In the construction of buildings that have many floors, it will take a very long time and money.
Besides that, it can also require a lot of workers to be able to complete work quickly and on time. In the construction of a building, a very high level of efficiency is needed, if it is not done, it can make costs very swell. In addition, it is also necessary to pay attention to the strength of the material used so that the building can stand firmly and can support the weight of the building above it.
For buildings that have many floors, the strength of each floor will be a matter of concern because it is very dangerous if the floor is not strong enough to withstand the loads above it, but also must be made in a fairly short time.
Hollow Core Slab
A hollow core slab is a method used to make concrete floors for multi-story buildings. In the construction of the floor of a multi-story building conventionally a lot of work is carried out, starting from the initial work, namely working, after which iron is given or often called reinforcement, after which casting is done.
To accelerate it can be given a concrete slab material that has a cavity inside which is commonly called a precast hollow core slab. This HCS can be used in various buildings to be built, which can be in the form of houses, apartments, shopping centers or malls, offices, hotels, parking buildings, hospitals, schools, and others. This HCS can be used for buildings that have a steel structure or buildings that have a concrete structure.
Advantages of Hollow Core Slab
This hollow core slab will be used faster when casting conventionally. Just put the HCS, after that it is given iron or reinforcement, after which the spell is cast. This activity will be faster because the formwork will be passed faster. The advantages of HCS itself are as follows:
- HCS has a lighter load when compared to ordinary concrete slabs. Because of the cavities created in the HCS.
- This Will result in a larger room (from the floor to the next floor) because the dimensional structure is reduced.
- Installation is easier and saves time and even saves money.
- Does not require scaffolding so that the floor below can finish immediately.
- Does not require a formwork system.
- The surface is neat and flat so that the bottom surface can immediately become a ceiling for the floor below.
- Minimizes the risk of earthquake hazards.
Disadvantages of hollow core slab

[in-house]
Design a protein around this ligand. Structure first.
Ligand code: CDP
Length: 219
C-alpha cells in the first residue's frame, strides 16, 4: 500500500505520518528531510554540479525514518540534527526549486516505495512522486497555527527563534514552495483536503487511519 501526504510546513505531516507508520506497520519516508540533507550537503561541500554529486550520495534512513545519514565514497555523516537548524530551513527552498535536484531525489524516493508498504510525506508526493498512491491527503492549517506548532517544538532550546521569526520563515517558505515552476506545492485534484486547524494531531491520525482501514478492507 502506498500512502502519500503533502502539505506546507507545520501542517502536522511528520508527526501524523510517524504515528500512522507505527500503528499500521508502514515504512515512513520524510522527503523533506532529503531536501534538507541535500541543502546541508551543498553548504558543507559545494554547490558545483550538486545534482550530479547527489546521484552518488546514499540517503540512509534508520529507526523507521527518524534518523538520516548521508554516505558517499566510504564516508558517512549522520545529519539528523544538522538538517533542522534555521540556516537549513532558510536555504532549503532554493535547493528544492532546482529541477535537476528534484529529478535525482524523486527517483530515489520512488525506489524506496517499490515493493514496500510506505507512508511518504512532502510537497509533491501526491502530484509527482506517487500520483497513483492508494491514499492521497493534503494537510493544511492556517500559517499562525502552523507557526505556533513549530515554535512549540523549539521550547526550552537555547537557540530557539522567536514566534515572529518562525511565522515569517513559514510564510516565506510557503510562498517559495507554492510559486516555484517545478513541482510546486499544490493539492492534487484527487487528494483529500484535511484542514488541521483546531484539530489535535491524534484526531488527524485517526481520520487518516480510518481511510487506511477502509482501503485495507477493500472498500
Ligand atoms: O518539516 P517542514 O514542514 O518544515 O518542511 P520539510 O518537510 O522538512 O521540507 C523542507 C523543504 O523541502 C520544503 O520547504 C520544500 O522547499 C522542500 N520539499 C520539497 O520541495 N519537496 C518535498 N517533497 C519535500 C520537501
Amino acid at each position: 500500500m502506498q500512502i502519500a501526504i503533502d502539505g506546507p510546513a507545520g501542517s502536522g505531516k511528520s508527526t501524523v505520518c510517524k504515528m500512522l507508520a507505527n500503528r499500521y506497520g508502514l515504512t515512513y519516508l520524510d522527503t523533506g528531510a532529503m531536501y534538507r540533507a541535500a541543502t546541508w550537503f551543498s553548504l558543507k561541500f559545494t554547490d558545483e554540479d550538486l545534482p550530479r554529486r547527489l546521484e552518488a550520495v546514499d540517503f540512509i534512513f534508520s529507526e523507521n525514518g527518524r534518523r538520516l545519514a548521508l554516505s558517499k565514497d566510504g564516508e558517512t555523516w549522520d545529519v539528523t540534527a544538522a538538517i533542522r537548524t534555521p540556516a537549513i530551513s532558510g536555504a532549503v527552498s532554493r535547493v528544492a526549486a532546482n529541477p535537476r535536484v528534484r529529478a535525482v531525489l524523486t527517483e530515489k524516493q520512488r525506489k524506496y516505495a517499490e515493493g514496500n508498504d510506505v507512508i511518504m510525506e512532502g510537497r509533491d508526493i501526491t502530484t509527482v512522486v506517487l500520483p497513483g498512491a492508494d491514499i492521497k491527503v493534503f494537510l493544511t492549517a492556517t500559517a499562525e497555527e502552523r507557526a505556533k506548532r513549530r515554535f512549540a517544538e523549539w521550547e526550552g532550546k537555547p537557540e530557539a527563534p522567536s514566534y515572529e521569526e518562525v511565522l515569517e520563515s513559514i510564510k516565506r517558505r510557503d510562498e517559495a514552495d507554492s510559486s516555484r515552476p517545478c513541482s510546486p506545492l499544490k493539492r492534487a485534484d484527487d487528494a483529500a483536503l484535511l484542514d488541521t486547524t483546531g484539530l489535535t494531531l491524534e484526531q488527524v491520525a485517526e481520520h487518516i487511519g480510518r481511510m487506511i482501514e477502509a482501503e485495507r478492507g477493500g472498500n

The most well-known disadvantages of hollow core slabs are:
- Hollow core slabs require more consideration when being shipped. If not very much secured, harm can happen.
- Since they are precast, they are hard to reinforce or fix when harm happens.
- Difficulties with making associations between the precast parts may happen when hollow core slabs are utilized.
- The plan isn’t appropriate for more modest structures and may not be applied for two-way structures due to the restricted board size.
- The pieces of hollow core slabs are weighty and require extraordinary apparatus (cranes) to lift and move them around without harm.
- The joints between the boards are costly.
- The establishment of the boards requires unique abilities and information; it is impossible by anybody.
Now, you know the advantages and disadvantages of Hollow Core Slab, but do you know the types of concrete slabs. Here are some concrete slabs you must know.
Other types of concrete slabs: Advantages and Disadvantages
Executed directly on site, in situ molded slabs involve intermediate-term production processes given the curing time required by concrete; they do not require specialized labor, and they can take very different forms depending on the formwork.
1. Solid Slab
Fully formed in the construction process, with thicknesses that normally vary between 7 and 15 cm, its execution is carried out from a casting that will constitute the mold in which the concrete is poured onto a metallic reinforcement.
Commonly used in small to medium-sized constructions – residential and commercial -, the molds are filled with concrete working in conjunction with the metal reinforcement, according to the heights defined by the structural calculation previously carried out. This system allows, in addition to traditional designs, three-dimensional formats, and fluid shapes. It also has a high degree of resistance to cracks and fissures.